By Brendan Mackie
John Porcellino has been churning out the seminal comic zine King-Cat for nearly two decades, making him one of the longest-running self-published authors out there. Over that time, the zine’s honest sensibility has garnered Porcellino armies of fans. Though the plots of King-Cat are underwhelming—memories of teenage crushes, stories about taking a walk on a beautiful night, dreams, illustrated Zen koans—Porcellino's simply drafted panels belie an inner weight. They’re more about expressing a particular feeling than they are about huge life-changing events. "The thing I was always interested in was this thing called Real Life," Porcellino explained during a recent talk at Minneapolis' Big Brain Comics.
Because of the zine’s personal nature, King-Cat has changed as Porcellino has matured. When King-Cat first started, Porcellino was a rambunctious young punk-rocker and his strips were wild. But somewhere along the line Porcellino started slowing down. He began meditating and reflecting more intensely on his life. Eventually, a more conscious tone resonated from King-Cat’s pages. Porcellino has just released a collection of the comic from 1989 to 1996, King-Cat Classix. Utne.com fended off a line of awkward hipsters clutching their own zines at Big Brain to talk to Porcellino about making comics, meditation, and “doing King-Cat.”
You've been making zines for more than 30 years, and King-Cat for 18. What do you attribute your longevity to?
Making zines is exactly what I want to do, not only the content of it, but the format, too. I just love the connection with people. And to a certain extent I'm just stubborn: I started something and I want to see it through as far as I can.
In your talk, you spoke about how the business side of King-Cat—the photocopying, the distribution—was as important to you as the actual writing of the zine.
To me, the process of writing isn't complete until this [zine] is in somebody else's hands.
How did you get into meditation?
When I was in my mid-twenties I came down with some health issues, and like a lot of people in that position I suddenly started taking a look at all these things I had taken for granted—my life and what I was doing and how I was doing it. I probably picked up a few books on Zen, and it made sense to me. The way I describe Zen, Soto Zen in particular, is that it's kind of like finding an old pair of shoes in your closet that you forgot you had. You put them on and they're beautiful, a perfect fit for you; they're all worn in, and you're ready to go. It connected with these interior feelings, these ideas that I'd idly felt below the surface but could never give voice to. Zen helped me fit those ideas together.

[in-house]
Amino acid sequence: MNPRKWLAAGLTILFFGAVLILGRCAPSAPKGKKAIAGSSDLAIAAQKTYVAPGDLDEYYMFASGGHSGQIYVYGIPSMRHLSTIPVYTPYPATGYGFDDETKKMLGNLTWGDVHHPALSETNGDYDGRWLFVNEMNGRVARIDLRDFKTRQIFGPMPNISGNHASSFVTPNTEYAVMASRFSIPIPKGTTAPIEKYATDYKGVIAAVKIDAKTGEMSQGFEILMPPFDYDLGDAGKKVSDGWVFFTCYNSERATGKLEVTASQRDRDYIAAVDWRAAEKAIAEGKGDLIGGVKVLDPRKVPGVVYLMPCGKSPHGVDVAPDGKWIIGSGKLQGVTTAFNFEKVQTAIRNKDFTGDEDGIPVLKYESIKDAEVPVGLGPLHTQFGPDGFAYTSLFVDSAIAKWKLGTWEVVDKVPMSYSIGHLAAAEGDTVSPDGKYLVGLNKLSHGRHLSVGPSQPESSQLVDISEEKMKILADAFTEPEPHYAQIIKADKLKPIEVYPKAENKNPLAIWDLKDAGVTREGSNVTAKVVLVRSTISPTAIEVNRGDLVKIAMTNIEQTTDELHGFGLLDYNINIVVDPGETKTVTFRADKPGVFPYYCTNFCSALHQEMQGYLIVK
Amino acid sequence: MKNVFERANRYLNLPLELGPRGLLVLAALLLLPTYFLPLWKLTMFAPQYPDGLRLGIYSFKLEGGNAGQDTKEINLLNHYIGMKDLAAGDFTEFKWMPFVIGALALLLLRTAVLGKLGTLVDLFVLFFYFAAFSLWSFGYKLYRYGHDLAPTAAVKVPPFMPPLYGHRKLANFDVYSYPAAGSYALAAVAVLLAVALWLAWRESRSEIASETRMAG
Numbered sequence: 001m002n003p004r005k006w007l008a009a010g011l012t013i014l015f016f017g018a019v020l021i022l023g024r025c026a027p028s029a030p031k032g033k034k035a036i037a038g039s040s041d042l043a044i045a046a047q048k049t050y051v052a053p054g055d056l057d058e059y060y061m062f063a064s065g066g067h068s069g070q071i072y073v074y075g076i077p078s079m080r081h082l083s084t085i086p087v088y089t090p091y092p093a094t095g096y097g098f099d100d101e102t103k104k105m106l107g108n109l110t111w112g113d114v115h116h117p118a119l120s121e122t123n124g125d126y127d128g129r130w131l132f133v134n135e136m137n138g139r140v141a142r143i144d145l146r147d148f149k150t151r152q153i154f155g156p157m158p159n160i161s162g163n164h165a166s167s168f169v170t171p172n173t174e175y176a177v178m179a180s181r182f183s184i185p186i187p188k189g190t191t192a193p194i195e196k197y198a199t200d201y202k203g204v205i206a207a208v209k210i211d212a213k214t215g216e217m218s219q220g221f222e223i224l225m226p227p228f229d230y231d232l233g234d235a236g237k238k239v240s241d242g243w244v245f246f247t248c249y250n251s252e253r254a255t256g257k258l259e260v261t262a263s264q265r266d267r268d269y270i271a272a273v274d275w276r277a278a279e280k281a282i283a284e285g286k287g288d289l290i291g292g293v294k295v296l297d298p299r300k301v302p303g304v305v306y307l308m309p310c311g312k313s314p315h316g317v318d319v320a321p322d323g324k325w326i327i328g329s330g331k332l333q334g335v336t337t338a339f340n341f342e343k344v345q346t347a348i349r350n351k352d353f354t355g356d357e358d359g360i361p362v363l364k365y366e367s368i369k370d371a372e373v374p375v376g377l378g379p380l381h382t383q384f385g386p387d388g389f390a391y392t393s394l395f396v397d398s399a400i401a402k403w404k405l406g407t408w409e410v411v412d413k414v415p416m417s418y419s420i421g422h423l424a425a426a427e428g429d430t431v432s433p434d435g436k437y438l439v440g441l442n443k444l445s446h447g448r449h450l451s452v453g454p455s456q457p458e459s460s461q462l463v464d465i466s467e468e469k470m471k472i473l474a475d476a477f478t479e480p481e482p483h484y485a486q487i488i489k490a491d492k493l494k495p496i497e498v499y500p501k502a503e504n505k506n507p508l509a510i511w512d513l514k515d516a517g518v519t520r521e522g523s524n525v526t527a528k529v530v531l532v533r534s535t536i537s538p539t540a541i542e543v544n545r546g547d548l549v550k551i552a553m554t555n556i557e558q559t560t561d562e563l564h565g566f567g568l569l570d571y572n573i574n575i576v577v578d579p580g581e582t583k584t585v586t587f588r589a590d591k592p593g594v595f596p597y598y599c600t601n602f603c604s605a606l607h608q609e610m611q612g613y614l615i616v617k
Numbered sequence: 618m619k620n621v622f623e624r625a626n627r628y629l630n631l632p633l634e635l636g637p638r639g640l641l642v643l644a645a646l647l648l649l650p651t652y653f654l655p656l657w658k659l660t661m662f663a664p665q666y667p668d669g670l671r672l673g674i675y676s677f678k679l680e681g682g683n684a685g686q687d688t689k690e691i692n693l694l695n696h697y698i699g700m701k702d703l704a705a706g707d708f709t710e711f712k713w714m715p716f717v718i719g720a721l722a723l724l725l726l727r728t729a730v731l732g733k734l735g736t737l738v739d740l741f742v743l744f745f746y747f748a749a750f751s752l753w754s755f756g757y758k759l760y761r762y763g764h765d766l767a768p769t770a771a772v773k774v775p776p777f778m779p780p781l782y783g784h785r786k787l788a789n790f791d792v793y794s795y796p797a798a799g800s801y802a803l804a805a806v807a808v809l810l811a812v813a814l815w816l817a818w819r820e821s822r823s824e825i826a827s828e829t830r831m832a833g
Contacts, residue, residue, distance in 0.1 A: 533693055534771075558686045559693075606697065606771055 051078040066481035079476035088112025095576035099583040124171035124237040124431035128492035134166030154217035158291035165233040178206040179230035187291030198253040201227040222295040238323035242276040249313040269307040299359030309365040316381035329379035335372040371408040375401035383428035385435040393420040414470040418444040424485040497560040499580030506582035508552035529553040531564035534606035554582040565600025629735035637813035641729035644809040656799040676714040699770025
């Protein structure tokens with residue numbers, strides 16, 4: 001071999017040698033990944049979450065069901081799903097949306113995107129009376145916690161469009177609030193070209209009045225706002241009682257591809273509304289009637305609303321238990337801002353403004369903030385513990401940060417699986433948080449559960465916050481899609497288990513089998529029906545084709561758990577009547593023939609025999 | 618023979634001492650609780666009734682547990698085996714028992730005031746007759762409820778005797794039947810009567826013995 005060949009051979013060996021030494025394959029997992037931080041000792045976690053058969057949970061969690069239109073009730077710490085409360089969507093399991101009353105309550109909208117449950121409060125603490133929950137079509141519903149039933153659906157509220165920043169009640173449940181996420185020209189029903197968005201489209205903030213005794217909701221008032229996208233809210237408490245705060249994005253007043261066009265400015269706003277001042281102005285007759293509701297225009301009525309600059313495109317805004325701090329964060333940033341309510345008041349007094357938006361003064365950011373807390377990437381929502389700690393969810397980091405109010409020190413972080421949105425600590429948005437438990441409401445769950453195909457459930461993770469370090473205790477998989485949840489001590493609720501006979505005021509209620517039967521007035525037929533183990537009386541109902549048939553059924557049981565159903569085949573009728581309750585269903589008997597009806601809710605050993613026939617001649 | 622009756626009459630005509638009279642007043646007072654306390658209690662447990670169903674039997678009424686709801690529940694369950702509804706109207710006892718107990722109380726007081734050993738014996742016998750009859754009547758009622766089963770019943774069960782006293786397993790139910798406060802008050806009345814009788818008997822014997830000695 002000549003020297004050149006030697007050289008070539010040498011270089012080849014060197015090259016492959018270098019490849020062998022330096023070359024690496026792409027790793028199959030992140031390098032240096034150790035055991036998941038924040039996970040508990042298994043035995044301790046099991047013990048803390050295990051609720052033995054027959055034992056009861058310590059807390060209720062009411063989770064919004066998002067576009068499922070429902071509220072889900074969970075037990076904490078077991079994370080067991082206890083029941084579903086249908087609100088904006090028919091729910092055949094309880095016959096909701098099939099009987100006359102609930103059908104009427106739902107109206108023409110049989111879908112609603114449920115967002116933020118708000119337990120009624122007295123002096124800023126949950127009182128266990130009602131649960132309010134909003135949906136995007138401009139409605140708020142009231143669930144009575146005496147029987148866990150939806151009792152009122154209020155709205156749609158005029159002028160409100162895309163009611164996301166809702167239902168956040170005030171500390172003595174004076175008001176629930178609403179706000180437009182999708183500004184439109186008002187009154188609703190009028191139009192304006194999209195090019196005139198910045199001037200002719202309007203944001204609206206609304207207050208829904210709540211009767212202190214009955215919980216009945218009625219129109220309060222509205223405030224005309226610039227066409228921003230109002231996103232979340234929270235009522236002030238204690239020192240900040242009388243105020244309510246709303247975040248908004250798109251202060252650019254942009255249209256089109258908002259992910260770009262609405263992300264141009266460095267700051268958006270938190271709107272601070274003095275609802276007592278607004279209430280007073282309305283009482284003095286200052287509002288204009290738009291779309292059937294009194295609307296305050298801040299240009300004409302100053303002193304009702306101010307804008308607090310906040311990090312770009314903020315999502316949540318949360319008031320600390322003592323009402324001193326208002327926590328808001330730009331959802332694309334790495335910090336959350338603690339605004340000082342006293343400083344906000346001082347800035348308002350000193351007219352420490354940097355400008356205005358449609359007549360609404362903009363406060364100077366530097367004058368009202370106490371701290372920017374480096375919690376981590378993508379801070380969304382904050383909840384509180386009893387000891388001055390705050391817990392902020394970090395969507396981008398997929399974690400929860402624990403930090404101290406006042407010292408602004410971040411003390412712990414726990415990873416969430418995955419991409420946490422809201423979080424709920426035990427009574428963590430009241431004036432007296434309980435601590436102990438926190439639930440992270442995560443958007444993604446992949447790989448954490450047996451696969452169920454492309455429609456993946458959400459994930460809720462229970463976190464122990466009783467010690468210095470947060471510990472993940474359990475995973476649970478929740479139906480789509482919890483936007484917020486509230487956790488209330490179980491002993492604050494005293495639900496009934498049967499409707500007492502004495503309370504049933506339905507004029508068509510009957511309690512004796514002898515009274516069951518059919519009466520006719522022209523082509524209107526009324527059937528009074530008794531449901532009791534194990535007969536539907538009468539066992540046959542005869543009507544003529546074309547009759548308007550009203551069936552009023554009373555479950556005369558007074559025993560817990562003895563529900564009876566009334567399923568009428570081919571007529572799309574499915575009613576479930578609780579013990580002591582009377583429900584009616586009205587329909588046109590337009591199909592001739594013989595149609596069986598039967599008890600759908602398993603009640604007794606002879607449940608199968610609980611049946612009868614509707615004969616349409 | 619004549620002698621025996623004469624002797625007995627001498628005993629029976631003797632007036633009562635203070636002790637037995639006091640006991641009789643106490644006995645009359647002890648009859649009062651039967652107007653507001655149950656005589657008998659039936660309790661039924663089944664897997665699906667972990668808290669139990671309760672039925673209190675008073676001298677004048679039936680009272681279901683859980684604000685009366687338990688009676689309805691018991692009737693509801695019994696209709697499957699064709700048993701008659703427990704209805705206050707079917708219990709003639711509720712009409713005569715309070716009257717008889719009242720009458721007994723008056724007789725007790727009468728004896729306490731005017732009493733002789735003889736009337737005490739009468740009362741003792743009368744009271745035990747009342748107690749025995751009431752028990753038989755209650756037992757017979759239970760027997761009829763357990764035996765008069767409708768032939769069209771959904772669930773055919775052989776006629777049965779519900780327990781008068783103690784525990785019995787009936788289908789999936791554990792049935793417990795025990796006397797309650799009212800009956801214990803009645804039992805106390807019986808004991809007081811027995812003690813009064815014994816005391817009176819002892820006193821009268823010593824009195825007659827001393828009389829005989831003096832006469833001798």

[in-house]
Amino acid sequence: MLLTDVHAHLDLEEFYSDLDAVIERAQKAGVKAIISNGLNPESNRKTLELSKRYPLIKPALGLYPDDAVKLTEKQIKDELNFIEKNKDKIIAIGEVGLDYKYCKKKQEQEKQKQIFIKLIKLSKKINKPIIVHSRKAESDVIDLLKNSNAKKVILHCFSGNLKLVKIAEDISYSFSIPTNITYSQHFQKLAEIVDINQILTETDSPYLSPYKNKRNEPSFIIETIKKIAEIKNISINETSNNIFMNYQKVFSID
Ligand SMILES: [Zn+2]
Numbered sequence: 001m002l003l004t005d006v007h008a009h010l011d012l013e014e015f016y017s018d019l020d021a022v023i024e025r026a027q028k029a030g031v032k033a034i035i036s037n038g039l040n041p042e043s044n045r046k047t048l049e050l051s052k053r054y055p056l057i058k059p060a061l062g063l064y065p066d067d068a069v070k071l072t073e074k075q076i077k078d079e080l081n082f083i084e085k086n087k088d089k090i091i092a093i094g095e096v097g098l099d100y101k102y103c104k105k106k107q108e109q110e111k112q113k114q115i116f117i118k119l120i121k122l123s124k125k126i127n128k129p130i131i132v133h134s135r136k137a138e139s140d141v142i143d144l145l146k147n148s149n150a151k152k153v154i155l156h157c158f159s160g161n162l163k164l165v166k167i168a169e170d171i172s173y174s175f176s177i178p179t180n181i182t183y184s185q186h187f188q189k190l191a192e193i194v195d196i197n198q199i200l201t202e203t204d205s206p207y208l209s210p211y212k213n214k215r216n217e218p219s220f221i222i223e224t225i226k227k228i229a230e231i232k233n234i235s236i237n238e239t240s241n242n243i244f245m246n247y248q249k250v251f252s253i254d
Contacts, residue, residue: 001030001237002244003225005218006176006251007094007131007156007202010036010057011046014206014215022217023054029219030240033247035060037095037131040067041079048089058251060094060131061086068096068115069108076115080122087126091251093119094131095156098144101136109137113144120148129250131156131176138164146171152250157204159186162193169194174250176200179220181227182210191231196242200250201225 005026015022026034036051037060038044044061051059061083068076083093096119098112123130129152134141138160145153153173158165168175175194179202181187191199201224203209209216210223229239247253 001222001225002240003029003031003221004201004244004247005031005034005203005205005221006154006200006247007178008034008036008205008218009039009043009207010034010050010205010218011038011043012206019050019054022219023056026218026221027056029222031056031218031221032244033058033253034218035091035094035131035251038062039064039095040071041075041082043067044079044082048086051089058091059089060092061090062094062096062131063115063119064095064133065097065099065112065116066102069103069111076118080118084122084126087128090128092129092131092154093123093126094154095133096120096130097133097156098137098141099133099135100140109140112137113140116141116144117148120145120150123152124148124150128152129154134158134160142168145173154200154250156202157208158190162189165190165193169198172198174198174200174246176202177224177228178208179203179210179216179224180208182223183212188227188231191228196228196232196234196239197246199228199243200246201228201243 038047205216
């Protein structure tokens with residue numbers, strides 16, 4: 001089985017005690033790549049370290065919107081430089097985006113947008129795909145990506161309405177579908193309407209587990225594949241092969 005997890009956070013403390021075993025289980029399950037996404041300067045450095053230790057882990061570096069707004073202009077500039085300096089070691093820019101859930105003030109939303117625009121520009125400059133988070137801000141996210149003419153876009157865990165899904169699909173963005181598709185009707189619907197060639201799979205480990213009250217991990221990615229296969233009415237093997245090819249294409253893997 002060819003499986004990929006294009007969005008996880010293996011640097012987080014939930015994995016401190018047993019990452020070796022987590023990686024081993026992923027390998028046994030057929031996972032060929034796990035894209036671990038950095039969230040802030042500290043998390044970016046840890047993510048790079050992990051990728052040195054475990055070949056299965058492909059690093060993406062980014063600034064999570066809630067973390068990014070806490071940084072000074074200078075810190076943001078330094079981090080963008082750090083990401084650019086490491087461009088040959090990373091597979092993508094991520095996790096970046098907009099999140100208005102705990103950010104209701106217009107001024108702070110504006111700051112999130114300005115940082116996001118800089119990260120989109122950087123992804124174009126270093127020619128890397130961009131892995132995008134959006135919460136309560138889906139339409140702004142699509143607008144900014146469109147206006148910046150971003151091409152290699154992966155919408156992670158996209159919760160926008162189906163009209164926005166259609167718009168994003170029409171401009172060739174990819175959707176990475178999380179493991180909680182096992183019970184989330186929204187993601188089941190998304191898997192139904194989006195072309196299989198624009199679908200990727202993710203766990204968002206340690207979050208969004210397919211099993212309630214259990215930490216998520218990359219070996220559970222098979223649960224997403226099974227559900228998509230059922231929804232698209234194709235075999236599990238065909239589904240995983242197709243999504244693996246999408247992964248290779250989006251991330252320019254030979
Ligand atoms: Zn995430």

So much of your internal life is portrayed in King-Cat. As you started to change, did the comics change?
The change is reflected in the comics themselves. I was at a point in my life when I was naturally slowing down and paying more attention to things. To a certain extent I went through a period of withdrawal; I went into a more interior world about the same time when I was looking around at different ways of practice. The comics show that slowing down, and hopefully they show that I've been paying more attention. But you can also see it in that kind of unified approach that I have taken to King-Cat: For me, standing here talking to you is doing King-Cat as much as drawing it, writing it, putting it into the mail is. Doing the dishes or going for a walk can be doing King-Cat. I don't know how much of that shows up to the reader, but for me it's a big change.
How did your readers react to this change?
I heard that some people didn't like it, but I never really talked to a lot of them. There's a continuity and an underlying approach that's been consistent in King-Cat, even though I was a very different person back when I started it. I'm sure there are people who appreciated or enjoyed those older comics more, but at the same time there are a lot of people who have gone with it for the whole time.
Can comics be Zen?
There's probably something Zen to anything.